Greenpeace activist Sebastian Ostenfeldt Jensen. (Photo: Greenpeace / Sebastian Ostenfeldt Jensen)
Greenpeace charged USD 4,400 for tracking boats fishing illegally
Thursday, May 03, 2012, 01:30 (GMT + 9)
Greenpeace was charged and acquitted in a Helsingør court last January for illegally placing tracking devices on fishing vessels. The Eastern High Court recently overturned Greenpeace's acquittal and fined the green group DKK 25,000 (USD 4,400) for trespassing.
Sebastian Ostenfeldt Jensen, a Greenpeace activist, was fined DKK 2,250 (USD 400) for placing the tracking devices on boats in Gilleleje harbour in 2010.
Greenpeace used the devices to prove that the vessels in question were fishing for cod in marine sanctuaries illegally.
The environmental organisation now intends to take the case to the Supreme Court, The Copenhagen Post reports.
“We want them to judge whether the trespassing was warranted or not,” explained Greenpeace Nordic's director general Mads Flarup Christensen. “The city court found, as we did, that it was a justified breach of the fishermen’s rights when the five activists boarded the trawlers because the action led to the conviction of four fishermen and charges being brought against a further six.”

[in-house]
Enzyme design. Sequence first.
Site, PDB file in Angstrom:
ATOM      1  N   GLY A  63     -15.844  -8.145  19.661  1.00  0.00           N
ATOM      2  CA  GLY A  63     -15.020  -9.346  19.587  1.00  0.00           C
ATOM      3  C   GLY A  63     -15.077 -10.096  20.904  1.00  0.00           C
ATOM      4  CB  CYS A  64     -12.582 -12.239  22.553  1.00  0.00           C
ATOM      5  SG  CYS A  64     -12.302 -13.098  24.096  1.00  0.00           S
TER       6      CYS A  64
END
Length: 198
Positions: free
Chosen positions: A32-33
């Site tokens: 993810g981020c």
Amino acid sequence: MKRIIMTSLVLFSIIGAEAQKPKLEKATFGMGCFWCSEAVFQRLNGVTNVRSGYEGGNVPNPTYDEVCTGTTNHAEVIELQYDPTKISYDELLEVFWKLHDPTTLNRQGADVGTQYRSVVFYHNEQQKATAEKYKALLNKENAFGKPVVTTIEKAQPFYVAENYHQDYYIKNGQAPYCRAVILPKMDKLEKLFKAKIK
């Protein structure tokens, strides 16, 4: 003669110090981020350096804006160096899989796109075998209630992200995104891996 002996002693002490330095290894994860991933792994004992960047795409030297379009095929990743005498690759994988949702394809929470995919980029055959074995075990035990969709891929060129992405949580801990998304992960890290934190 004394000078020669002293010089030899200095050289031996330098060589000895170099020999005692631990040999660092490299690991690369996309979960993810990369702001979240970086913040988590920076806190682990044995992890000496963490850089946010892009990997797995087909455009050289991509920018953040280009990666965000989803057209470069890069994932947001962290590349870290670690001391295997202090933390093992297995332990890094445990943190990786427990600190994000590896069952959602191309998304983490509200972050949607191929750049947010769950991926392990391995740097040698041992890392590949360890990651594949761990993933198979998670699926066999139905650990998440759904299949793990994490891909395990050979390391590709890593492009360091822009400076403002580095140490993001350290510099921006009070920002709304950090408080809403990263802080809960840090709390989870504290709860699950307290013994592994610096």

Christensen noted that the fishers were tried and convicted only because of Greenpeace’s actions, which came after years of reports of illegal fishing in the Gilleleje sanctuary by both citizens and organisations and which led nowhere.
“If that is not enough to justify trespassing, I don’t know what is,” Christensen affirmed.
Greenpeace installed the first GPS transmitter on a fishing boat two years ago and in the summer of 2010 documented how five trawlers illegally fished in Denmark’s only fully protected cod sanctuary. The group revealed more than 84 incidents of illegal fishing thanks to its tracking devices – compared to the capture of only five illegal fishers between autumn 2009 and August 2010 by fishing authorities.
These fishers then pressed charges against both Greenpeace and Ostenfeldt Jensen, but these charges were dismissed by the court.
The cod conservation zones were set in 2009 as a result of the collapse of cod stocks in the Kattegat.
A European Union (EU) study from 2010 showed that landings of cod fished in the Kattegat had fallen from around 20,000 tonnes annually in the 1970s to fewer than 200 tonnes in 2009.
“Cod in the Kattegat is close to extinction,” Hanne Lyng Winter, a marine bilogist with Greenpeace. “The protected area in the Kattegat was created by the Swedish and Danish authorities in a desperate effort to save it. That’s why the fishermen’s systematic poaching was so scandalous.”
As a result of Greenpeace’s actions, the court is now considering 10 cases against the Gilleleje fishers who are being charged. Four have been found guilty and have received heavy fines but are now appealing; the cases against the remaining six fishers will not proceed until the appeals are completed.
By Natalia Real